We all know U.S. Sen. Jim Inhofe thinks that climate-change science is a hoax, but does he believe air pollution is a hoax, too?
Inhofe, who leads the wacky, fringe effort to deny global warming, wants to eliminate a federal rule that limits the amount of mercury and other harmful chemicals power plants release into the air. The rule, according to Inhofe, is part of President Barack Obama’s “war on coal.”
Inhofe, according to media reports, is trying to use the Congressional Review Act to stop new emission standards by the Environmental Protection Agency, arguing they will “bankrupt the coal industry.” According to media reports, Inhofe said the new rule will result in job losses, which doesn’t make basic sense because electricity has to be produced one way or another.
We knew Inhofe was essentially a spokesperson for the oil and gas industry, but who knew he was such an ardent supporter of coal interests? His support of the coal industry actually collides with the interests of the natural gas industry. Some electric plants have converted coal turbines to natural gas turbines because gas is considered by some to be a cleaner energy source.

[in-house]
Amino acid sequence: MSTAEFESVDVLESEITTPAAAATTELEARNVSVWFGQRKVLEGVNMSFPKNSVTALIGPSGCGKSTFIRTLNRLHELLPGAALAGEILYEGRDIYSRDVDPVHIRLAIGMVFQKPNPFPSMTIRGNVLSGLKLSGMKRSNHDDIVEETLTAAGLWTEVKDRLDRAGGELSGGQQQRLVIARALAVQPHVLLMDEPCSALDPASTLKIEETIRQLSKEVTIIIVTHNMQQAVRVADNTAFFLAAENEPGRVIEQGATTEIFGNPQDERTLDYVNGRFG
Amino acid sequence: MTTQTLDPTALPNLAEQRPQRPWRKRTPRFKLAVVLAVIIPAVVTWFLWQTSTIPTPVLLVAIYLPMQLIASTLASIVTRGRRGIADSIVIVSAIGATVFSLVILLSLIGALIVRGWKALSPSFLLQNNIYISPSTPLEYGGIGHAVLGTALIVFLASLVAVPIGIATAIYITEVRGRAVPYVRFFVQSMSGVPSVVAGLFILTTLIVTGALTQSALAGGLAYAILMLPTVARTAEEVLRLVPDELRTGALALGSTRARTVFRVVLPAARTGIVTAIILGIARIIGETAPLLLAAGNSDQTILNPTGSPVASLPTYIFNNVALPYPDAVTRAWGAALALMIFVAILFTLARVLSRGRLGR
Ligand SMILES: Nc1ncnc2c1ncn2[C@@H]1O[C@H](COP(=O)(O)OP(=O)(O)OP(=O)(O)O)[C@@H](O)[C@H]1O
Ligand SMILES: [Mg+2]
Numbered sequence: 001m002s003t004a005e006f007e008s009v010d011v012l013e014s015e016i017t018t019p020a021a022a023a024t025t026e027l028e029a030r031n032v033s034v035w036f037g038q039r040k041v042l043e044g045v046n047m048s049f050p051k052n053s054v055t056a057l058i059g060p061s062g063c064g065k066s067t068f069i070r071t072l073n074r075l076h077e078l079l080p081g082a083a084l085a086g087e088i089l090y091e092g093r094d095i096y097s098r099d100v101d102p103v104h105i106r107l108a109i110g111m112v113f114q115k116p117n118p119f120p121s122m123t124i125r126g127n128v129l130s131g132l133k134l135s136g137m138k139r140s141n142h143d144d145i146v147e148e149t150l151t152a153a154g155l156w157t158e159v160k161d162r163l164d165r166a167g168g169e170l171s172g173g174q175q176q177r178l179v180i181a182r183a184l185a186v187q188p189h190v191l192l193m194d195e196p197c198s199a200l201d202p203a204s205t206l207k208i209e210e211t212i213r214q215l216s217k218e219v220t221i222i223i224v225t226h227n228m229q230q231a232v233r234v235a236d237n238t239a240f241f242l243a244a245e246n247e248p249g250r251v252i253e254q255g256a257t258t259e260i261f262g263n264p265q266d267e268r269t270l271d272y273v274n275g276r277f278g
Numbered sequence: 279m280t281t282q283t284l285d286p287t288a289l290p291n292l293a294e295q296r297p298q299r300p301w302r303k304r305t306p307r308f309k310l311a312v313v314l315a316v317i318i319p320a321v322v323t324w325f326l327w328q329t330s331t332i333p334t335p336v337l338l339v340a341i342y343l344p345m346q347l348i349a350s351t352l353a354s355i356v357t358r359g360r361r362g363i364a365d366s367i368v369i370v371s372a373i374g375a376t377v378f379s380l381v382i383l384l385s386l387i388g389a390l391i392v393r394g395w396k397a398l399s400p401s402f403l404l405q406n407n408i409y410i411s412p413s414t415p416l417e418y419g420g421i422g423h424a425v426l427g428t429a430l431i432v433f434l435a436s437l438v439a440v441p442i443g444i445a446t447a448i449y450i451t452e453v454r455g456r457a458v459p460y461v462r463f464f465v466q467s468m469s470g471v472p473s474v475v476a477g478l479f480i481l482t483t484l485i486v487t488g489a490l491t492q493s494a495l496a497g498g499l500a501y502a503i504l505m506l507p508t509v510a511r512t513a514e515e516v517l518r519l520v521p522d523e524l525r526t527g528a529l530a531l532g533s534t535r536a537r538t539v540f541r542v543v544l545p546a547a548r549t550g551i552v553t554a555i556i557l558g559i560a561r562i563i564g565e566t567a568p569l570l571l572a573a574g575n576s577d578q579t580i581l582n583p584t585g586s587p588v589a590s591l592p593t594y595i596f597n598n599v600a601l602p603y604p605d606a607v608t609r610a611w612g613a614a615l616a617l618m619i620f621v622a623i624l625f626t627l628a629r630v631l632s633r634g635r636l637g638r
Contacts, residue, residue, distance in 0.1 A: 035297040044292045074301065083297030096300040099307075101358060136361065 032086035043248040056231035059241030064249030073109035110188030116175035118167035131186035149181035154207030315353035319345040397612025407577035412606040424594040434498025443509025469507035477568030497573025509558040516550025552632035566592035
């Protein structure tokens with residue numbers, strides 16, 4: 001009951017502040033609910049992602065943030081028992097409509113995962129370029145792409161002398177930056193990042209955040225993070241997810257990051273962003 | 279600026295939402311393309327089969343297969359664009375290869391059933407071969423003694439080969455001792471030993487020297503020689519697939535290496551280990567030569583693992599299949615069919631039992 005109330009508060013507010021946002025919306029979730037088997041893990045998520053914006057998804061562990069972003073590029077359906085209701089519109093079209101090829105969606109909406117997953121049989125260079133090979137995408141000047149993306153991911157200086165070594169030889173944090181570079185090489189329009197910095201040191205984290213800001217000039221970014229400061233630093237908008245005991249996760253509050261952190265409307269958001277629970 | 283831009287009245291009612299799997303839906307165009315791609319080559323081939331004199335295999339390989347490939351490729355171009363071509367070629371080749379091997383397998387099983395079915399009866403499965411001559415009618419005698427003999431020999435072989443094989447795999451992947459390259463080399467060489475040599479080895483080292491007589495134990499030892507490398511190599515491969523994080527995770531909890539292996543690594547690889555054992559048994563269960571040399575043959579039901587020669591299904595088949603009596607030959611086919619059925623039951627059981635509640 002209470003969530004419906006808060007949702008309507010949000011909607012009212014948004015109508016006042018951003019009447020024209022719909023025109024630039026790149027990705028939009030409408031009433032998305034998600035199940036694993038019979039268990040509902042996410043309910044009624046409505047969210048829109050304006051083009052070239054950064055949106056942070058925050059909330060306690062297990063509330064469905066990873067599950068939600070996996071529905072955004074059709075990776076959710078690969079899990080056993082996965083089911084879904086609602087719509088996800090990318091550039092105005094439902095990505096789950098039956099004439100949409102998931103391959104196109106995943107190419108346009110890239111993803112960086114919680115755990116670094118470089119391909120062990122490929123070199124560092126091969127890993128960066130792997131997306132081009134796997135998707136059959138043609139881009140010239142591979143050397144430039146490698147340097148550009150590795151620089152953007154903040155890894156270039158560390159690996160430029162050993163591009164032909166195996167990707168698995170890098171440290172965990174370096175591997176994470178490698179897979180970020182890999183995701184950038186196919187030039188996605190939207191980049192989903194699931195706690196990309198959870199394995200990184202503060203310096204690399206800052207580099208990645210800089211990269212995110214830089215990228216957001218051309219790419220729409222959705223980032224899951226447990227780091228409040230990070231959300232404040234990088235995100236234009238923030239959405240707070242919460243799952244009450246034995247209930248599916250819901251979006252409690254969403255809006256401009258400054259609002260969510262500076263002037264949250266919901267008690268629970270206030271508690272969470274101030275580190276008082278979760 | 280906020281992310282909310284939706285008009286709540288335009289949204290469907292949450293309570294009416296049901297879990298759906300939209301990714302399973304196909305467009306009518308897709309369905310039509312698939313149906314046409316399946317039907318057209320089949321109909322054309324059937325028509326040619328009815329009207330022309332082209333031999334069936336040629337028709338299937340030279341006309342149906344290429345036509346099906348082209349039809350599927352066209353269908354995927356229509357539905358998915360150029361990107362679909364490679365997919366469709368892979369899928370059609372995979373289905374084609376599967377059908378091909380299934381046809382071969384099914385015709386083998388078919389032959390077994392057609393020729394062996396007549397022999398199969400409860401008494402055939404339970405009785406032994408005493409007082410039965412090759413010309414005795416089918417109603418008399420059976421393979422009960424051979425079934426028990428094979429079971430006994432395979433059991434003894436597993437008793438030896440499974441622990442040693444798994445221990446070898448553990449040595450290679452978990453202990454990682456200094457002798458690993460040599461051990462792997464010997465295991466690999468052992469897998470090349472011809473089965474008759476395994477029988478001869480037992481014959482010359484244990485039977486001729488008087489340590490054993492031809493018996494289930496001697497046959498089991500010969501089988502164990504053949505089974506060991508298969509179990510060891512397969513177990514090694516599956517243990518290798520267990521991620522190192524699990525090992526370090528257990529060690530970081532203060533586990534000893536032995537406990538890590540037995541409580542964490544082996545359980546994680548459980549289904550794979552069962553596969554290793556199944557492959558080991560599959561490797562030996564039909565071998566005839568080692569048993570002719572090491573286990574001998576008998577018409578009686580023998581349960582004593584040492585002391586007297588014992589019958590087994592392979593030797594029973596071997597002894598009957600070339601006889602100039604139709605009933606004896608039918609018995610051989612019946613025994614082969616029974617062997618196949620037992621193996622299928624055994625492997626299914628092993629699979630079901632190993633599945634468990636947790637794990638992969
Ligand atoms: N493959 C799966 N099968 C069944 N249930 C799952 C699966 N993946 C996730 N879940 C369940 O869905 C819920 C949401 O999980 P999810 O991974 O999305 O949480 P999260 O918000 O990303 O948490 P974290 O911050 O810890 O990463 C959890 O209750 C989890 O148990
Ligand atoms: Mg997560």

The larger issue, though, is Inhofe’s apparent dismissal of air pollution.
According to Audubonmagazine.org:
Mercury exposure in unborn children is linked to nervous system damage, and the EPA estimates that limiting mercury emissions will avoid 4,200 to 11,00 premature deaths. The regulations also limit emissions of sulfur-dioxide and fine particulate matter, which exacerbate asthma and other respiratory problems. Limiting sulfur-dioxide will even help plants breath easier, because it contributes to acid rain.
None of that appears to matter to Inhofe.
Inhofe’s effort to stop the rule was called “over the top” by U.S. Sen. Mark Pryor, an Arkansas Democrat, but Inhofe’s senate career has been defined by such extremism. What else is new, right?
As I’ve written before, Inhofe gets away with his anti-science agenda at least partially because the corporate media in this state doesn’t appropriately investigate or critique his claims. Sure, The Oklahoman will run stories in which people criticize Inhofe’s actions, but the newspaper won’t hold him to a basic truth standard.